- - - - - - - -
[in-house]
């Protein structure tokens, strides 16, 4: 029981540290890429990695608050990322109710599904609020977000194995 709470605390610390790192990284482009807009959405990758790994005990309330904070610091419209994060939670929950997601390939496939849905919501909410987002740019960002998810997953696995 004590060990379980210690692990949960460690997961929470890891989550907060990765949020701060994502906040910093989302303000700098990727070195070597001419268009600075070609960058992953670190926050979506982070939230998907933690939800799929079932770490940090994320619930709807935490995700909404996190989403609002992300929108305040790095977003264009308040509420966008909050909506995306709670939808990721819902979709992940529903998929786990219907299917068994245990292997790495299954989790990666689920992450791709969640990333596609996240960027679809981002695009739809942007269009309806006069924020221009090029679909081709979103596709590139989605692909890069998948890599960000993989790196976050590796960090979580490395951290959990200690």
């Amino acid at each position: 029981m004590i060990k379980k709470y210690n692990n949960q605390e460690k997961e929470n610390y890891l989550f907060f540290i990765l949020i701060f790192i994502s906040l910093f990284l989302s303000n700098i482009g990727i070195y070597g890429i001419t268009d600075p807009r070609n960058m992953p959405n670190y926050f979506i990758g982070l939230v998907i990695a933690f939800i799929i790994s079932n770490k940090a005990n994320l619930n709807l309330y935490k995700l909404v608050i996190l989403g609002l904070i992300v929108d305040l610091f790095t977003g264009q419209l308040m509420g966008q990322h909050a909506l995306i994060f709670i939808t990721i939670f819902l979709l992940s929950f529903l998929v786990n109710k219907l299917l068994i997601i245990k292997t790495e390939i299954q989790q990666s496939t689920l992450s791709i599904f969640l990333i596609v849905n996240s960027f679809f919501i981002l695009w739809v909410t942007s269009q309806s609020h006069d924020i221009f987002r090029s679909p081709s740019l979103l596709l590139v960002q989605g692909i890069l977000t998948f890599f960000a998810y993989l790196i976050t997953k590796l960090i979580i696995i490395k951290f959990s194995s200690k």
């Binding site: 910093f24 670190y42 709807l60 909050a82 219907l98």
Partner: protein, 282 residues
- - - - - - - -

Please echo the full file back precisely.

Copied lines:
[in-house]
């Protein structure tokens, strides 16, 4: 029981540290890429990695608050990322109710599904609020977000194995 709470605390610390790192990284482009807009959405990758790994005990309330904070610091419209994060939670929950997601390939496939849905919501909410987002740019960002998810997953696995 004590060990379980210690692990949960460690997961929470890891989550907060990765949020701060994502906040910093989302303000700098990727070195070597001419268009600075070609960058992953670190926050979506982070939230998907933690939800799929079932770490940090994320619930709807935490995700909404996190989403609002992300929108305040790095977003264009308040509420966008909050909506995306709670939808990721819902979709992940529903998929786990219907299917068994245990292997790495299954989790990666689920992450791709969640990333596609996240960027679809981002695009739809942007269009309806006069924020221009090029679909081709979103596709590139989605692909890069998948890599960000993989790196976050590796960090979580490395951290959990200690």
């Amino acid at each position: 029981m004590i060990k379980k709470y210690n692990n949960q605390e460690k997961e929470n610390y890891l989550f907060f540290i990765l949020i701060f790192i994502s906040l910093f990284l989302s303000n700098i482009g990727i070195y070597g890429i001419t268009d600075p807009r070609n960058m992953p959405n670190y926050f979506i990758g982070l939230v998907i990695a933690f939800i799929i790994s079932n770490k940090a005990n994320l619930n709807l309330y935490k995700l909404v608050i996190l989403g609002l904070i992300v929108d305040l610091f790095t977003g264009q419209l308040m509420g966008q990322h909050a909506l995306i994060f709670i939808t990721i939670f819902l979709l992940s929950f529903l998929v786990n109710k219907l299917l068994i997601i245990k292997t790495e390939i299954q989790q990666s496939t689920l992450s791709i599904f969640l990333i596609v849905n996240s960027f679809f919501i981002l695009w739809v909410t942007s269009q309806s609020h006069d924020i221009f987002r090029s679909p081709s740019l979103l596709l590139v960002q989605g692909i890069l977000t998948f890599f960000a998810y993989l790196i976050t997953k590796l960090i979580i696995i490395k951290f959990s194995s200690k």
């Binding site: 910093f24 670190y42 709807l60 909050a82 219907l98």
Partner: protein, 282 residues